St. John’s wort is being studied for effectiveness in the treatment of certain somatoform disorders. Results from the initial studies are mixed and still inconclusive; some research has found no effectiveness, other research has found a slight lightening of symptoms. Further study is needed and is being performed.

A constituent chemical, hyperforin, may be useful for treatment of alcoholism, although dosage, safety and efficacy have not been studied.[13]Hyperforin has also been found to have antibacterial properties against gram-negative bacteria, although dosage, safety and efficacy has not been studied.[14]

randomized controlled trial of St John’s wort found no significant difference between it and placebo in the management of ADHD symptoms over eight weeks. However, the St. John’s Wort extract used in the study, originally confirmed to contain 0.3% hypericin, was allowed to degrade to levels of 0.13% hypericin and 0.14% hyperforin. Given that the level of hyperforin was not ascertained at the beginning of the study, and levels of both hyperforin and hypericin were well below that used in other studies, little can be determined based on this study alone.[15]

A research team from the Universidad Complutense de Madrid (UCM) published a study entitled, “Hypericum perforatum. Possible option against Parkinson’s disease“, which suggests that St John’s wort has antioxidant active ingredients that could help reduce the neuronal degeneration caused by the disease.[16]

Recent evidence suggests that daily treatment with St. Johns wort may improve the most common physical and behavioural symptoms associated with premenstrual syndrome.[17]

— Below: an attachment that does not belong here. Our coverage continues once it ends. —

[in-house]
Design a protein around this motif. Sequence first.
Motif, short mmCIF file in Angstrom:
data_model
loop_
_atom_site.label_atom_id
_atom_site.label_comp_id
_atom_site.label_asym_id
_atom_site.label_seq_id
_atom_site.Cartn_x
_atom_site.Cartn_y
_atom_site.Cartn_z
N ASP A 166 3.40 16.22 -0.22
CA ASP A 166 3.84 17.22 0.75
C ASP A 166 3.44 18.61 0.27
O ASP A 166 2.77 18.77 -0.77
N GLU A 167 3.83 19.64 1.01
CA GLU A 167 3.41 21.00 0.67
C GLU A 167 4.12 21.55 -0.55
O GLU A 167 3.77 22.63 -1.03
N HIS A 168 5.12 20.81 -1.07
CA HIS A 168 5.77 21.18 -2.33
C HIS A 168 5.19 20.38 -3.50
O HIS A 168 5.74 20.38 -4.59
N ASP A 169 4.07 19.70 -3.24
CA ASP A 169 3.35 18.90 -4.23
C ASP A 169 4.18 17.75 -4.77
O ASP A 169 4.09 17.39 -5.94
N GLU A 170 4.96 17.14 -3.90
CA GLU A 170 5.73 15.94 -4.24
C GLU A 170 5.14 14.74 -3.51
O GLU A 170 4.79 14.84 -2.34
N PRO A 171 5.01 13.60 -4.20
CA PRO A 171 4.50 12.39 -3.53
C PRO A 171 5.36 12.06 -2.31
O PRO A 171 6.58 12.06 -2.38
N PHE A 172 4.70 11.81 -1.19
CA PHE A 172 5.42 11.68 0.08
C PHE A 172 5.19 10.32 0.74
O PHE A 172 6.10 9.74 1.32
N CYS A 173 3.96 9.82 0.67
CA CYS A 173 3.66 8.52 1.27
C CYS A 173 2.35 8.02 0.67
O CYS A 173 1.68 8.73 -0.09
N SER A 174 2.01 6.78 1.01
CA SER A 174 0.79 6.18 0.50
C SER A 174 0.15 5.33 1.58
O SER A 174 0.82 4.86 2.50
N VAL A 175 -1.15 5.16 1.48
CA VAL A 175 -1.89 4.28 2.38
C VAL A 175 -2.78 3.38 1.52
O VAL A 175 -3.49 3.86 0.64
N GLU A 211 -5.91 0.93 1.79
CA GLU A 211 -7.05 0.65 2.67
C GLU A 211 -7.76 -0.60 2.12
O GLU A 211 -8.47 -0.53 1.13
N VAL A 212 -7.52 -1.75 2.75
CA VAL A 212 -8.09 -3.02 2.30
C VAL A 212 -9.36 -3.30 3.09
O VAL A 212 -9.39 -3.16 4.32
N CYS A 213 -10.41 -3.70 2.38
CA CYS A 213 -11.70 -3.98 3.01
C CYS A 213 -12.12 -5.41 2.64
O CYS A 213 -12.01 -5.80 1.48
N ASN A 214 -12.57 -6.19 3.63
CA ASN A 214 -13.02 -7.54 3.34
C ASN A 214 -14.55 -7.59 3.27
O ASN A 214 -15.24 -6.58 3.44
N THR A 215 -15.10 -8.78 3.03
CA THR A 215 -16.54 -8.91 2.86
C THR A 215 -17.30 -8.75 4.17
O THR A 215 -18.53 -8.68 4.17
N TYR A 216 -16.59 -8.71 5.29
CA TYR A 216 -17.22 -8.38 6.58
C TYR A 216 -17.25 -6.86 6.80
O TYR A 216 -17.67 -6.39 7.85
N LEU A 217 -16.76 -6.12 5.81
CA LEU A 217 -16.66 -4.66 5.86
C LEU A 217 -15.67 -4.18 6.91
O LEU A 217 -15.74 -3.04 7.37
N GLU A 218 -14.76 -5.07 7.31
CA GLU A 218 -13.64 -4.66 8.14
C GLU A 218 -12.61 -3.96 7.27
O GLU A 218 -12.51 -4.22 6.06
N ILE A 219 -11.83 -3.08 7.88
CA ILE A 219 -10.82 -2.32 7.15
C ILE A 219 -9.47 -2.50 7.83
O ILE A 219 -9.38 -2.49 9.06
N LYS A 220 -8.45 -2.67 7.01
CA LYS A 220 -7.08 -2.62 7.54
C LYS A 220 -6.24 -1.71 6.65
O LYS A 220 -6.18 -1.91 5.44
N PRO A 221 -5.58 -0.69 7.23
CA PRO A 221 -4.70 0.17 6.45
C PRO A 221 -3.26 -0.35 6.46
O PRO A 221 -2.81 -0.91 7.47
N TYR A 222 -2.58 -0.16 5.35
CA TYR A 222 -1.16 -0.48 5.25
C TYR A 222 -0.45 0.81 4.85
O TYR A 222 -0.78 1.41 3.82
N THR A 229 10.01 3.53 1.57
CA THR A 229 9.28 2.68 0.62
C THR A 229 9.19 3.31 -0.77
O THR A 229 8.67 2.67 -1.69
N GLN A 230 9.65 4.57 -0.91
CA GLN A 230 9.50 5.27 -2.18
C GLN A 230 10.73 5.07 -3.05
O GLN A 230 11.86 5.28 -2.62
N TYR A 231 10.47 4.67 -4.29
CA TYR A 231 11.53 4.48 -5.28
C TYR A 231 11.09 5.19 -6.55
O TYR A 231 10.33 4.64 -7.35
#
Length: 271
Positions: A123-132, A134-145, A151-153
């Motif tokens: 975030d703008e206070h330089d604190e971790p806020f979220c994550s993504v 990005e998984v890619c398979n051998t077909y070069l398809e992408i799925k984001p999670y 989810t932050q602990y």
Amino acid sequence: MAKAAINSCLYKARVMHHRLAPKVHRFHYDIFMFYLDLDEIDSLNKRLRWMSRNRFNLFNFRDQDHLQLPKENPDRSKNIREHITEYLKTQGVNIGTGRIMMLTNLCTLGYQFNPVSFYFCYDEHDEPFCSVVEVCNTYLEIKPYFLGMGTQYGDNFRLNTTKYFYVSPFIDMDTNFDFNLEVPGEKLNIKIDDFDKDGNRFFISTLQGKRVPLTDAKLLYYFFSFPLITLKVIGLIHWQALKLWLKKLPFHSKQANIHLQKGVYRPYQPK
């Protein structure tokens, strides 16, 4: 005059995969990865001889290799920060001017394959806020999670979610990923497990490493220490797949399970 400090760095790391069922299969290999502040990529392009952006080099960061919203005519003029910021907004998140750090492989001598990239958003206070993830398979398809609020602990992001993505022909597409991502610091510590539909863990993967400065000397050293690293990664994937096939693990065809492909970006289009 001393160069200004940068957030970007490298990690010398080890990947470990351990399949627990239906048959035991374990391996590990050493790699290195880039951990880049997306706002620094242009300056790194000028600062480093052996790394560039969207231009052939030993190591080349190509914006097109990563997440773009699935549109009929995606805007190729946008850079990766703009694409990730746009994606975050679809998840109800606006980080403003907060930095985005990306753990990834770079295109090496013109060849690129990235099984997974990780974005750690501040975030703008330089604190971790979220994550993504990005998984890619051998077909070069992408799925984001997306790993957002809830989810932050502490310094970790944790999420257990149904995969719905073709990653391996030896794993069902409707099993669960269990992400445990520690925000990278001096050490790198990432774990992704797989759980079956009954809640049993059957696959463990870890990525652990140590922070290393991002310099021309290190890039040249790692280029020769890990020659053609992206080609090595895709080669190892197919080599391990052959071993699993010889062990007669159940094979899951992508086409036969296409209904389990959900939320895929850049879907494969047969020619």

St John’s wort was found to be less effective than placebo, in a randomized, double-blind, placebo-controlled trial, for the treatment of irritable bowel syndrome.[18]

Externally, St John’s wort oil is used for the treatment of wounds, abrasions, and first degree burns.[19]

Adverse effects and drug interactions

St John’s wort is generally well tolerated, with an adverse effect profile similar to placebo.[20] The most common adverse effects reported are gastrointestinal symptoms, dizziness, confusion, tiredness and sedation.[21][22]

St John’s wort may rarely cause photosensitivity. This can lead to visual sensitivity to light and to sunburns in situations that would not normally cause them.[20] Related to this, recent studies concluded that the extract reacts with light, both visible and ultraviolet, to produce free radicals, molecules that can damage the cells of the body. These can react with vital proteins in the eye which, if damaged, precipitate out causing cataracts.[23]

Women who use the contraceptive implant Implanon are advised not to take St John’s Wort as it reduces the implant’s effectiveness.[citation needed]

Pharmacokinetic interactions

St John’s wort has been shown to cause multiple drug interactions through induction of the cytochrome P450 enzyme CYP3A4, but also CYP2C9. This results in the increased metabolism of those drugs, resulting in decreased concentration and clinical effect. The principal constituents thought to be responsible are hyperforin and amentoflavone.

St. John’s wort also has been shown to cause drug interactions through the induction of the P-glycoprotein (P-gp) efflux transporter. Increased P-gp expression results in decreased absorption and increased clearance of those drugs which leads to lower clinical concentrations and efficacy.[24]

{Information courtesy Wikipedia}